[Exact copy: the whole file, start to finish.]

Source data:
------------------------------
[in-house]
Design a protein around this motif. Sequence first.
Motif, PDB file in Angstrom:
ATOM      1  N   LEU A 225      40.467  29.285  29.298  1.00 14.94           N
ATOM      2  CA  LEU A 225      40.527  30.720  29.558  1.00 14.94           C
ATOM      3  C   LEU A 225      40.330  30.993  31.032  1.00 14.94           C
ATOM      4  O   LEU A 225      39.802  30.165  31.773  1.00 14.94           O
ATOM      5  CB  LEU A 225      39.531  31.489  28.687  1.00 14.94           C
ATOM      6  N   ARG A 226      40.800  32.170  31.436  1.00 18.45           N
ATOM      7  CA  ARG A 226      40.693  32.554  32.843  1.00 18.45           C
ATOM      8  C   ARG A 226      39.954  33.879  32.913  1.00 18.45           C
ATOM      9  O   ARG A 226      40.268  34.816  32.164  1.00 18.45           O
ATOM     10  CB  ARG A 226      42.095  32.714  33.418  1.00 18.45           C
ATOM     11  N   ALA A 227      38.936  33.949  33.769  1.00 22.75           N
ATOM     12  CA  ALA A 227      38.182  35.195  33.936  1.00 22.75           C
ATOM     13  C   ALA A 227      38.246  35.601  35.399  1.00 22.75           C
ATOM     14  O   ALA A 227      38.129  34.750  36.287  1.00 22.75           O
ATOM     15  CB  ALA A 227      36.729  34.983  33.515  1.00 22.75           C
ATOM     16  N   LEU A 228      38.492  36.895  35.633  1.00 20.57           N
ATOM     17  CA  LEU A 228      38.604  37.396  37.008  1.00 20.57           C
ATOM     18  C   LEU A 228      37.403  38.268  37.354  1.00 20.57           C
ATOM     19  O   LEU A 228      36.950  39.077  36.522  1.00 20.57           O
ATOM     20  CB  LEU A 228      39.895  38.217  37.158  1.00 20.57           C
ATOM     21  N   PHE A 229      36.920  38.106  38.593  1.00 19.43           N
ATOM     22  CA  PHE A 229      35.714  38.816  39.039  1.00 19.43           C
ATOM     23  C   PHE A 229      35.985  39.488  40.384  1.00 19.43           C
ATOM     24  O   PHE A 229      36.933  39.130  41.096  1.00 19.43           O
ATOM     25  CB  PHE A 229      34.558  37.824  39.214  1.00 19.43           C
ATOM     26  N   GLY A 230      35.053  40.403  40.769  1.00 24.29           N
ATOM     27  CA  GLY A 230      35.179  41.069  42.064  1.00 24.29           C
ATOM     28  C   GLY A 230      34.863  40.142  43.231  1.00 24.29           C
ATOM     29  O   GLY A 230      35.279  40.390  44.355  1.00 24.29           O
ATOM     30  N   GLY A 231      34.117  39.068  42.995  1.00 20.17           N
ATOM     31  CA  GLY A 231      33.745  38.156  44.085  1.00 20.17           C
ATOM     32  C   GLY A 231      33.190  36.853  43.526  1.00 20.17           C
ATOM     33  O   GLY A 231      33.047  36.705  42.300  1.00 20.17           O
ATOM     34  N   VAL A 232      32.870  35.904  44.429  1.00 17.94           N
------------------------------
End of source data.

[in-house]
Design a protein around this motif. Sequence first.
Motif, PDB file in Angstrom:
ATOM      1  N   LEU A 225      40.467  29.285  29.298  1.00 14.94           N
ATOM      2  CA  LEU A 225      40.527  30.720  29.558  1.00 14.94           C
ATOM      3  C   LEU A 225      40.330  30.993  31.032  1.00 14.94           C
ATOM      4  O   LEU A 225      39.802  30.165  31.773  1.00 14.94           O
ATOM      5  CB  LEU A 225      39.531  31.489  28.687  1.00 14.94           C
ATOM      6  N   ARG A 226      40.800  32.170  31.436  1.00 18.45           N
ATOM      7  CA  ARG A 226      40.693  32.554  32.843  1.00 18.45           C
ATOM      8  C   ARG A 226      39.954  33.879  32.913  1.00 18.45           C
ATOM      9  O   ARG A 226      40.268  34.816  32.164  1.00 18.45           O
ATOM     10  CB  ARG A 226      42.095  32.714  33.418  1.00 18.45           C
ATOM     11  N   ALA A 227      38.936  33.949  33.769  1.00 22.75           N
ATOM     12  CA  ALA A 227      38.182  35.195  33.936  1.00 22.75           C
ATOM     13  C   ALA A 227      38.246  35.601  35.399  1.00 22.75           C
ATOM     14  O   ALA A 227      38.129  34.750  36.287  1.00 22.75           O
ATOM     15  CB  ALA A 227      36.729  34.983  33.515  1.00 22.75           C
ATOM     16  N   LEU A 228      38.492  36.895  35.633  1.00 20.57           N
ATOM     17  CA  LEU A 228      38.604  37.396  37.008  1.00 20.57           C
ATOM     18  C   LEU A 228      37.403  38.268  37.354  1.00 20.57           C
ATOM     19  O   LEU A 228      36.950  39.077  36.522  1.00 20.57           O
ATOM     20  CB  LEU A 228      39.895  38.217  37.158  1.00 20.57           C
ATOM     21  N   PHE A 229      36.920  38.106  38.593  1.00 19.43           N
ATOM     22  CA  PHE A 229      35.714  38.816  39.039  1.00 19.43           C
ATOM     23  C   PHE A 229      35.985  39.488  40.384  1.00 19.43           C
ATOM     24  O   PHE A 229      36.933  39.130  41.096  1.00 19.43           O
ATOM     25  CB  PHE A 229      34.558  37.824  39.214  1.00 19.43           C
ATOM     26  N   GLY A 230      35.053  40.403  40.769  1.00 24.29           N
ATOM     27  CA  GLY A 230      35.179  41.069  42.064  1.00 24.29           C
ATOM     28  C   GLY A 230      34.863  40.142  43.231  1.00 24.29           C
ATOM     29  O   GLY A 230      35.279  40.390  44.355  1.00 24.29           O
ATOM     30  N   GLY A 231      34.117  39.068  42.995  1.00 20.17           N
ATOM     31  CA  GLY A 231      33.745  38.156  44.085  1.00 20.17           C
ATOM     32  C   GLY A 231      33.190  36.853  43.526  1.00 20.17           C
ATOM     33  O   GLY A 231      33.047  36.705  42.300  1.00 20.17           O
ATOM     34  N   VAL A 232      32.870  35.904  44.429  1.00 17.94           N